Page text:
The Penny Arcade Expo, or PAX as the rest of the world calls it, ended last Sunday and it’s taken me this long to recover, unpack and gather enough thoughts to finally post something about it. So, how was it? In a word? Awesome.
Now, if you’ve been reading this blog for any time at all you may notice a pattern I have when it comes to game conventions. I start out; “Hey we’re going to Convention XYZ!” then I come back and say “Convention XYZ was great! It was really big! It was way bigger than Convention ABC that I blogged about last time!”
Well, I don’t plan on breaking that tradition this time either.
Gen Con was big, and I was truly impressed by the scope of the whole event, but PAX is an entirely different beast. For starters it has twice as many attendees, seriously. Over 30,000 gamers attended Gen Con and while I don’t have the final number for PAX it’s at least 60,000. If you’ve been to Gen Con and wonder what PAX is like, imagine it taking over another floor or two of the convention center and then packing it shoulder to shoulder with bodies. Oh and go ahead and double the size of the Exhibition Hall while you’re at it… So yes, we keep experiencing bigger and bigger conventions. I like to think of it as “Leveling Up” our convention skills.
PAX was a little different for us as far as conventions go. We didn’t actually have a booth. Instead, I attended the show as a sort of volunteer for my good friends at Steve Jackson Games. During the day I helped them out by running demos of their games, but at night I was all about showing off Castle Panic to the masses.
In The Beginning
We flew out on Thursday, the day before the show officially started which, despite being a really early flight was relatively uneventful. Well, except for Will setting off the metal detector and getting his own special search.
It was a beautiful, sunny afternoon when we touched down in Seattle and took the amazing light rail straight from the airport to downtown. I grew up in Washington, so it’s always a lot of fun to come back and see what’s changed and what’s stayed the same. Sadly, every time I visit there seems to be more and more changes and fewer things I remember.
After we made our way to our hotel and got ourselves unpacked we had some preparation to do to get ready for tomorrow and I took a quick break to snap this shot of a beautiful Seattle sunset.
We played a few games in a nearby lounge and I showed a few new players what Castle Panic looks like when the Monsters win. Ouch. Then it was time for some pre-expo rest before the big day.
PAX Day One!
SJ Games didn’t have an actual “booth” at the show. (I’m doing air quotes as I type this) Instead they had a “big space right underneath the 2nd floor escalators”. (I’ve given up on the air quotes, it’s too hard to do them and keep typing) It sounds wacky, but it was actually right next to the giant Rock Band stage and worked great.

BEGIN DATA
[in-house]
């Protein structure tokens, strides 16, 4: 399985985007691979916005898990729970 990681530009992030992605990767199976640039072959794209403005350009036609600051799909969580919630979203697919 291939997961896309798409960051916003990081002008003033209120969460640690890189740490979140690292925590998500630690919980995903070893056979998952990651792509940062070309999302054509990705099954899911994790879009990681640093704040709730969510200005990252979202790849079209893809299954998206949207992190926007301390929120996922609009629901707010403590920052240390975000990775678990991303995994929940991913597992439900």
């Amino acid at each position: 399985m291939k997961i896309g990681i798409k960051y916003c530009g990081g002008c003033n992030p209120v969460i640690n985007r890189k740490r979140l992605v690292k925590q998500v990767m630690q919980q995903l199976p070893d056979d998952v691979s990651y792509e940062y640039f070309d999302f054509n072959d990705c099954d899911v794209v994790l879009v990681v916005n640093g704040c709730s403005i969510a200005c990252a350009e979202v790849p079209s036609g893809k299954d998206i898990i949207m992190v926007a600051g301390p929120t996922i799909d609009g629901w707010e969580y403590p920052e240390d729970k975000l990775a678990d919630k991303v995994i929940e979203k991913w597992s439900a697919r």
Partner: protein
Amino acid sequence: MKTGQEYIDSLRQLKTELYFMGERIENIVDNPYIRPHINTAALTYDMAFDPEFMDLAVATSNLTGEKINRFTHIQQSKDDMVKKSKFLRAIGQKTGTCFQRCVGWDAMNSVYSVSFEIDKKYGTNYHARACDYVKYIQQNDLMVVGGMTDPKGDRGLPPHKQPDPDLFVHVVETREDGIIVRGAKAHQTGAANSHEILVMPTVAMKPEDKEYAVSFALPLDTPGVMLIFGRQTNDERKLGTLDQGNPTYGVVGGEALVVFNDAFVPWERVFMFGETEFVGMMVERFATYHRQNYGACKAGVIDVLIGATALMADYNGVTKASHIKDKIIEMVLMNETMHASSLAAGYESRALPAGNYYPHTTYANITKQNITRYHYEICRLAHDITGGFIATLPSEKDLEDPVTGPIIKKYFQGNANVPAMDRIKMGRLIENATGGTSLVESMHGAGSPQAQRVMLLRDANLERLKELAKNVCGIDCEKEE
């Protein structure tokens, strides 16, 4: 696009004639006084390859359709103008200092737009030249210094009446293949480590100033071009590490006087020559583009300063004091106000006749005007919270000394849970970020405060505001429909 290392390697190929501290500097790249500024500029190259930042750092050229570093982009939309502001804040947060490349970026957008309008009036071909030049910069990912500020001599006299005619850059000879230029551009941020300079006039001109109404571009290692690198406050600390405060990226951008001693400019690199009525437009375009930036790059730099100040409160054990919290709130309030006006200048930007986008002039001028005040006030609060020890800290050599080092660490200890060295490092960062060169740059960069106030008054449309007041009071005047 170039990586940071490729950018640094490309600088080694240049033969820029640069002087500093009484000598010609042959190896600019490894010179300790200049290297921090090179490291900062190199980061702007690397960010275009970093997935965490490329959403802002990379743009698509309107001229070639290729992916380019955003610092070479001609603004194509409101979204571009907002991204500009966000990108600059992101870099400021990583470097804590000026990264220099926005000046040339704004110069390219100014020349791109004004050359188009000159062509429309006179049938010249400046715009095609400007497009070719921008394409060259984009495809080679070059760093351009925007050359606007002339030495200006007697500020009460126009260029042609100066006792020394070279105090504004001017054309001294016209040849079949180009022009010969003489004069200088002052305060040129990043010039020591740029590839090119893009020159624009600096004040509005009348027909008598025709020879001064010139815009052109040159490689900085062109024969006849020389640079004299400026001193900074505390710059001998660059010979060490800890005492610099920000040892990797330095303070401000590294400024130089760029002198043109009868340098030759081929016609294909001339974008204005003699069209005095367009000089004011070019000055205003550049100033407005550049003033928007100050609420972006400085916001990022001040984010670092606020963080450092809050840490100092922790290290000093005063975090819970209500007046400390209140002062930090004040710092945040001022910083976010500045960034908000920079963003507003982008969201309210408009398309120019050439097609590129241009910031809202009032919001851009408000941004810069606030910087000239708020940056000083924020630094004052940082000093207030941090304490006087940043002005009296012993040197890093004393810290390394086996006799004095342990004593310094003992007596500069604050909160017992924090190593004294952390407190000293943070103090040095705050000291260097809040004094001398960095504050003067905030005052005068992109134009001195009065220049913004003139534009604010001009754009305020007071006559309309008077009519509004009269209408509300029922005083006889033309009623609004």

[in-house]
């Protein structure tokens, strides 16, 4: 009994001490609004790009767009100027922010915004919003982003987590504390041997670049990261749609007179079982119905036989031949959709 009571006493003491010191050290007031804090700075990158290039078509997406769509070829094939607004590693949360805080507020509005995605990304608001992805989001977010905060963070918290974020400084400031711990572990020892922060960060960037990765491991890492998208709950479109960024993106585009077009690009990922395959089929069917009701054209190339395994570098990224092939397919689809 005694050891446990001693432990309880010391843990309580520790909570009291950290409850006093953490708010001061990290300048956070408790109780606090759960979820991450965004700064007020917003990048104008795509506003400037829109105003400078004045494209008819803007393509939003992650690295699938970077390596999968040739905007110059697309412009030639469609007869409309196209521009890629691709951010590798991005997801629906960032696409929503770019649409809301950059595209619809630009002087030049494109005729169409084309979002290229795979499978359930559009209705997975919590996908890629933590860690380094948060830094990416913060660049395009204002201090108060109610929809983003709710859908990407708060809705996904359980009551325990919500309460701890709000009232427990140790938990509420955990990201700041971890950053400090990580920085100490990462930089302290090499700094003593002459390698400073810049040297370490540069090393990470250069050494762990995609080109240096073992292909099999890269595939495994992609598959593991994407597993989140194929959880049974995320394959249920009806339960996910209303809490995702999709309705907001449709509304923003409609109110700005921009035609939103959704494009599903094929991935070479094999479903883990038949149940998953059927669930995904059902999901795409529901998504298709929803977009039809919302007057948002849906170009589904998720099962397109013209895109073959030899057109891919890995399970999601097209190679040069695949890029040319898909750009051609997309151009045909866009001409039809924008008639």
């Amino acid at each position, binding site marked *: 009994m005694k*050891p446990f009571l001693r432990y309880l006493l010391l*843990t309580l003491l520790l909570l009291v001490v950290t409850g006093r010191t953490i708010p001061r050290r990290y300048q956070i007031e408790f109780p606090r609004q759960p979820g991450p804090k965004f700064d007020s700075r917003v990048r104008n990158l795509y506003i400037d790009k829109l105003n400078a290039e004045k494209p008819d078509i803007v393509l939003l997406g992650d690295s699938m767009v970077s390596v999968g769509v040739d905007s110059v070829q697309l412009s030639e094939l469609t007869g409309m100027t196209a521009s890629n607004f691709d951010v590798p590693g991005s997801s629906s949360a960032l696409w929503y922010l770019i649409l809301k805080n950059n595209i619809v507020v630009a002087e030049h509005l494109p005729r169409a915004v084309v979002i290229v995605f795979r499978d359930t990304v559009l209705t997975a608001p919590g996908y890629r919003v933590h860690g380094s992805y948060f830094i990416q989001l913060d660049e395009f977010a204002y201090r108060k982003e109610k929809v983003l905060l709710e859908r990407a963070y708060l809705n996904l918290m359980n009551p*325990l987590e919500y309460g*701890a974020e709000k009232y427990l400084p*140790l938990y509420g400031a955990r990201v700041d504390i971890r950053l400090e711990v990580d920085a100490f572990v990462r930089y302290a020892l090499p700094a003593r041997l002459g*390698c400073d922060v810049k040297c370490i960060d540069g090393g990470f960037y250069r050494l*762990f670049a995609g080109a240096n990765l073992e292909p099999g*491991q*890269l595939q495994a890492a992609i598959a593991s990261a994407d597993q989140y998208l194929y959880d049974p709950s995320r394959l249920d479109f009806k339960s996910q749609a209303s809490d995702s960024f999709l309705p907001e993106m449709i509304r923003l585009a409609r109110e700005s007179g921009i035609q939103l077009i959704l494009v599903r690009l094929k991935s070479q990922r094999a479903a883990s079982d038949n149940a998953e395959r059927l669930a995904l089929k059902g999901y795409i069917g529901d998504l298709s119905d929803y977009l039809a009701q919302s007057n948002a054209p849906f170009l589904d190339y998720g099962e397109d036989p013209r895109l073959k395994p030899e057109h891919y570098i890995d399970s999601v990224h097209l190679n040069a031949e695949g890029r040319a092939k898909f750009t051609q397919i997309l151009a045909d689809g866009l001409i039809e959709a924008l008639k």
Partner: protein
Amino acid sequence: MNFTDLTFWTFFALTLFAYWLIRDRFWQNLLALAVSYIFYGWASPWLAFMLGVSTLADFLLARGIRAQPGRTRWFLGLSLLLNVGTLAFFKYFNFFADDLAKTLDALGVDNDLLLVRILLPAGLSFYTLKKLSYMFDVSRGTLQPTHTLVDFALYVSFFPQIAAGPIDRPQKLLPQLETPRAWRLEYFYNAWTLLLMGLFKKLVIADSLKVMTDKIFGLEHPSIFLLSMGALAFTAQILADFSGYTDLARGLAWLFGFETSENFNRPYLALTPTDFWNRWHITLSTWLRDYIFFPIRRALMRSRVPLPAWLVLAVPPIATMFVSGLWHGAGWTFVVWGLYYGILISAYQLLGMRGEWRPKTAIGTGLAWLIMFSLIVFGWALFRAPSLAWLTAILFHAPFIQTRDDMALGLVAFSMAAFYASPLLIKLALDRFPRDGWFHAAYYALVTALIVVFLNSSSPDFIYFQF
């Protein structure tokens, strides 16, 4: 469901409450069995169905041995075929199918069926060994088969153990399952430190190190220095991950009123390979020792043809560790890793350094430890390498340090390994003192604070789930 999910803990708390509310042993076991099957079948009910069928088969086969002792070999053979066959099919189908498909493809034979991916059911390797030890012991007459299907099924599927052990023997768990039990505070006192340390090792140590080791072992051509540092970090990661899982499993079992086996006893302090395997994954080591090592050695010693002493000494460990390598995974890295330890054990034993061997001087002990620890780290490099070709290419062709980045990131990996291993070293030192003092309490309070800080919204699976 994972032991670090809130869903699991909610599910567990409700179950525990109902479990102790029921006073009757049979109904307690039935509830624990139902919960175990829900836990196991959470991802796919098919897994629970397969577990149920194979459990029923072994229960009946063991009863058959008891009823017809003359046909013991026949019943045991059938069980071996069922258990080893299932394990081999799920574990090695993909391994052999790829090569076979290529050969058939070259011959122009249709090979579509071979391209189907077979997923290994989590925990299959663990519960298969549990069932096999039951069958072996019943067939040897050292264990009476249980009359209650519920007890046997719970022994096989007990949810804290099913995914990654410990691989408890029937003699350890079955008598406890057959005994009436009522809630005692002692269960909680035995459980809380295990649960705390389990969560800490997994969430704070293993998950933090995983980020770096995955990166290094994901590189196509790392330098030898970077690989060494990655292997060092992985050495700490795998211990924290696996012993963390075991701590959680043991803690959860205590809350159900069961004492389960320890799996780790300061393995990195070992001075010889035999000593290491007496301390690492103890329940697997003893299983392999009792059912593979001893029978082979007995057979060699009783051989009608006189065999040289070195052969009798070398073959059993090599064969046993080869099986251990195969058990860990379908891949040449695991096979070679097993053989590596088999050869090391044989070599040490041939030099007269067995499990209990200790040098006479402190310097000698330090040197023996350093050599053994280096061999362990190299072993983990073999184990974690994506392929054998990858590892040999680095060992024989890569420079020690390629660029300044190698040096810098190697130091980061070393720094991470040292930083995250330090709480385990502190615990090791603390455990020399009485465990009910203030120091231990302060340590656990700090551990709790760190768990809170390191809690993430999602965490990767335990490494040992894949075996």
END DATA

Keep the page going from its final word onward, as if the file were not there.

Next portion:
My shift didn’t start for a few hours, so I thought I’d take a quick tour of the Exhibition hall. (Little did I know…) Along the way I bumped into a giant Gabe mascot that was juuuuuuuuust creepy enough to make me not want a hug. Beyond that was the main hall where they had the actual DeLorean from Back to the Future. There was no Mr. Fusion on the roof, so I guess this is the one from the first movie. It was still completely cool.
Next to that was a chalk artist that was beginning a giant Metroid Other M mural on the floor. I grabbed a photo of it right as he began and decided to get shots of it every day to track the progress.
Then it was time to hit the actual Exhibition Hall and that’s when the size of it starts to sink in. When you walk in, the wall of noise and sights and sounds is a bit overwhelming. It really is a bit like going to Disneyland. You’re elegant plan of “I’ll just take a look around” is consumed in a frenzy of “Ooh, what’s that?! That’s cool! Look over there!” in a matter of moments.
There are booths of every shape and size surrounding you. Some are over 2 stories tall, electric and designed to dominate the skyline. Others are elaborately creative like this 12 foot tall, spiky, castle thing for the new Mortal Kombat game, and there are people everywhere walking around with their eyes wide and jaws open just like you.
Things like this life-sized Ringwraith statue, or the giant, battle damaged fortress corral for Medal of Honor tend to distract you from some of the smaller booths and displays, which I’ll get too a little later. In the meantime there were a gazillion demos of new video games, accessories, and hardware to be enjoyed. All of the big studios were here, Microsoft, EA, Ubisoft, Nintendo, Disney, you name it. If it’s a company that makes video games, they were here.
One of the really neat things about PAX is the PAX 10. It’s ten small, independent games that a panel of industry experts have selected from hundreds of entries as the best of their kind. The neat thing is that these games would normally go completely under the radar, but having the magnifying glass of Penny Arcade fans focused on them almost guarantees their success. . . and usually several crashed webservers to boot. You can get more info on the PAX 10 here.
Before I knew it my time was up and I had to head back to start demoing games. As I made my way back to the SJ Games area, I realized I had only seen about 1/3 rd of the Exhibition Hall. Wow.
The rest of the day was spent demoing games and then I had a great evening reconnecting with family and friends that I don’t get to see nearly enough. Overall a heck of a start to what would be an amazing trip.